Climate change resilience can be defined as "the capacity to prepare for changing conditions, to endure and recover rapidly from disruptions, and to adapt to climate change events, especially when those adaptation strategies substantially reduce greenhouse gas emissions". Planning for resiliency means to clearly define the strengths we already have and what vulnerabilities to address, while taking an intersectional approach that integrates the economic, social, and environmental dimensions of our campus and community.
The need for academic institutions, municipalities, counties, states, and federal agencies to increase resilience to extreme weather events and a changing climate is strikingly evident amongst the communities across California. Recent events such as severe wildfires, high winds, poor air quality, extended heat waves, extreme precipitation events, and longer droughts have reinforced this urgency and compelled leading communities like San Francisco State University to proactively collaborate on the planning and develop actions that mitigate rick and enhance resilience.
In April 2022, SF State partnered with Second Nature and The Nature Conservancy on collaboratively launching a community-based process to asses extreme weather and climate change impacts, and to generate and prioritize solutions that improve resiliency, sustainability, and equity for their community. From this workshop came the Climate Action & Resiliency Report.
Current Strengths and Assets
- SF State serves as a nexus between the student body and surrounding neighborhoods with growing awareness of opportunities to strengthen the social infrastructure and create feedback mechanisms for SF State to be more responsive.
- Long-standing culture of inclusion at SF State with resources that support a diverse student and staff community coupled with a growing recognition that students are their communities' voices on campus.
- Pandemic resulted in greater resilience in educational delivery methods and approaches via technology and online teaching techniques.
- Hybrid workdays and telecommute schedules for faculty and staff reduces the number of vehicles on street in and around campus and has been shown to increase work productivity.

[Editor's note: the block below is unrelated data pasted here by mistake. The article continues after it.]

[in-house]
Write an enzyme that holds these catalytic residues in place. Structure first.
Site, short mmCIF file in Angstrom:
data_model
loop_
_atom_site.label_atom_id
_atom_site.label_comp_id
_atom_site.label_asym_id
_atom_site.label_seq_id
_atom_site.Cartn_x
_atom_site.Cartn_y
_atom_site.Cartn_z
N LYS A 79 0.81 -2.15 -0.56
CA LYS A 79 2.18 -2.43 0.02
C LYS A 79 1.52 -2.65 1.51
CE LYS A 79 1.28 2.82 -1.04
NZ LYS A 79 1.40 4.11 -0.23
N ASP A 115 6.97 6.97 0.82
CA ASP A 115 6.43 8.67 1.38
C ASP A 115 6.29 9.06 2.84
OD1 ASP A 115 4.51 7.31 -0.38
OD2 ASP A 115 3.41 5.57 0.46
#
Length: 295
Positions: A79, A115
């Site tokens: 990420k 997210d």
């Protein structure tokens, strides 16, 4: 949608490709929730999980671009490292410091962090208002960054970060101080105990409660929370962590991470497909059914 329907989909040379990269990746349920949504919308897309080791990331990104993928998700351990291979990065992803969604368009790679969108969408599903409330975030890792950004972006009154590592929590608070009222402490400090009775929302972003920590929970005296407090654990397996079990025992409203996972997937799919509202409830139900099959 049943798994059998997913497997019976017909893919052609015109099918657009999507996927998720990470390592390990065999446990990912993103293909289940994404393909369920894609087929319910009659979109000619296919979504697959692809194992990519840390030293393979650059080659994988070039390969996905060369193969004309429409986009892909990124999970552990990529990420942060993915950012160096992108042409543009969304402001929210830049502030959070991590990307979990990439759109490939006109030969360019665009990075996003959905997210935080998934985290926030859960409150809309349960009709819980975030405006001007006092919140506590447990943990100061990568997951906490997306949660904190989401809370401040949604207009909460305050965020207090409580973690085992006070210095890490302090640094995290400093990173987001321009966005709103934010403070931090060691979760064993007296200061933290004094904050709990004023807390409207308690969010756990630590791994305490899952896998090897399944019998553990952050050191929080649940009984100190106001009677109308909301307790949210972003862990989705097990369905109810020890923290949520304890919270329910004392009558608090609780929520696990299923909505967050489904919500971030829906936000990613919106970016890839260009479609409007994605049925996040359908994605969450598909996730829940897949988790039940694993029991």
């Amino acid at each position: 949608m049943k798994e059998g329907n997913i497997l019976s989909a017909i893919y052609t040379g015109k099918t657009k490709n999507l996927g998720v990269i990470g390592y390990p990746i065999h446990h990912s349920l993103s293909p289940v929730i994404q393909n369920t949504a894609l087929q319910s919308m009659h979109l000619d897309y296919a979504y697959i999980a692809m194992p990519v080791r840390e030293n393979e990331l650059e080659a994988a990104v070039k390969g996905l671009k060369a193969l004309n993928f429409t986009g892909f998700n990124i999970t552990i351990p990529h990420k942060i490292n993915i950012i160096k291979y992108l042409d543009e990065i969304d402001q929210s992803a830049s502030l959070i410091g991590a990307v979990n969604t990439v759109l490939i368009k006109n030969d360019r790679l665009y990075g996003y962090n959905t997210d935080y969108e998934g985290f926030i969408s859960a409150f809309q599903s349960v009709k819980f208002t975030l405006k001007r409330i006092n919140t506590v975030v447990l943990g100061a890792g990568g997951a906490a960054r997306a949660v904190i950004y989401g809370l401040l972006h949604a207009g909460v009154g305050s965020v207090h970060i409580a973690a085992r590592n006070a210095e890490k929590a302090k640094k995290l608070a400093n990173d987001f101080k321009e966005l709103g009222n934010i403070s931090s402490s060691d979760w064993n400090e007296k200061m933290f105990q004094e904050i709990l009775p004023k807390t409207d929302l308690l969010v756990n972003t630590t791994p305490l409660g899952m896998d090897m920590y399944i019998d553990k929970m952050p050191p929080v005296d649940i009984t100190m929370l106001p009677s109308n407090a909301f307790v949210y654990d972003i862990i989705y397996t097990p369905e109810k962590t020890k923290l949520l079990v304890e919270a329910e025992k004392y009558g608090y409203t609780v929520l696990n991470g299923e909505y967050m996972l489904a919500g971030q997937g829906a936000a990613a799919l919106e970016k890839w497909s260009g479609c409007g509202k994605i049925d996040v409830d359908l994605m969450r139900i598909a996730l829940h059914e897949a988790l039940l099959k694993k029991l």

- Food+Shelter+Success provides basic needs on an ongoing basis, which can provide emergency housing and food to students during climate emergency situations.
- Our new buildings, like our new Science building, are being built with renewable energy microgrid to replace diesel generators for emergency power.
- We are currently building two on-campus residence halls to further strengthen our community.
- Checkout the California State University Climate Resilience Framework, which outlines the resilience plan for the whole CSU system.
Climate Hazards & Impacts
Main Hazards for SF State Campuses: Holloway, Tiburon, Sierra Nevada
- Severe droughts
- Wildfires and its impacts on air quality
- Extreme precipitation events resulting in flooding
Additional Hazards for Tiburon Campus
- Sea level rise increasing coastal erosion
Additional Hazards for Sierra Nevada Campus
- Extreme temperatures
Check out San Francisco's Hazards and Climate Resilience Plan to find which areas are most vulnerable to climate disasters and how the City of San Francisco plans to address the impacts of natural hazards and climate change on our assets and our people.
Want to understand how climate change is affecting where you live? Explore Cal-Adapt to understand the historical and predicted climate impacts in your area.
Read California’s Climate Change Assessment to understand climate-related vulnerability in California and see resilience actions that need to be taken.
Climate Change Hazards
Climate Change Impacts
Additional Exacerbating Factors
Source: Climate HQ
Climate Action Goals
Updated January 2024
Climate emergencies are defined as large-scale, climate-related events and their impacts including events such as wildfires and the poor quality it produces and superstorms and the flooding that results.
- Increase students’ ability to continue learning during climate emergencies by following procedures in the updated Continuity plan.
- Strengthen campus emergency operations and response by increasing preventative measures, increasing education for climate emergencies, and providing emergency housing and food to SF State community during climate emergency situations.
- Support preventive measures for climate emergencies by creating a resilient community before a disaster strikes.
- Implement a campus wide Gator Health Awareness campaign with a focus on mental health and basic needs.
- Support and integrate programs and resources to address access to housing, food, and economic stability for students.
- Increase sense of community and engagement to streamline communication and assist each other in times of a crisis by expanding on-campus housing and population and increasing outreach and education on campus that emergency management.
- Add renewable energy microgrid on new buildings for emergency power.
- Maintaining the Resilient Southwest San Francisco to create community strategy to prepare for emergencies in our area.
- Create a relationship with California Emergency Response Corps by have a 10-month fellowship position in the Office of Emergency Servies.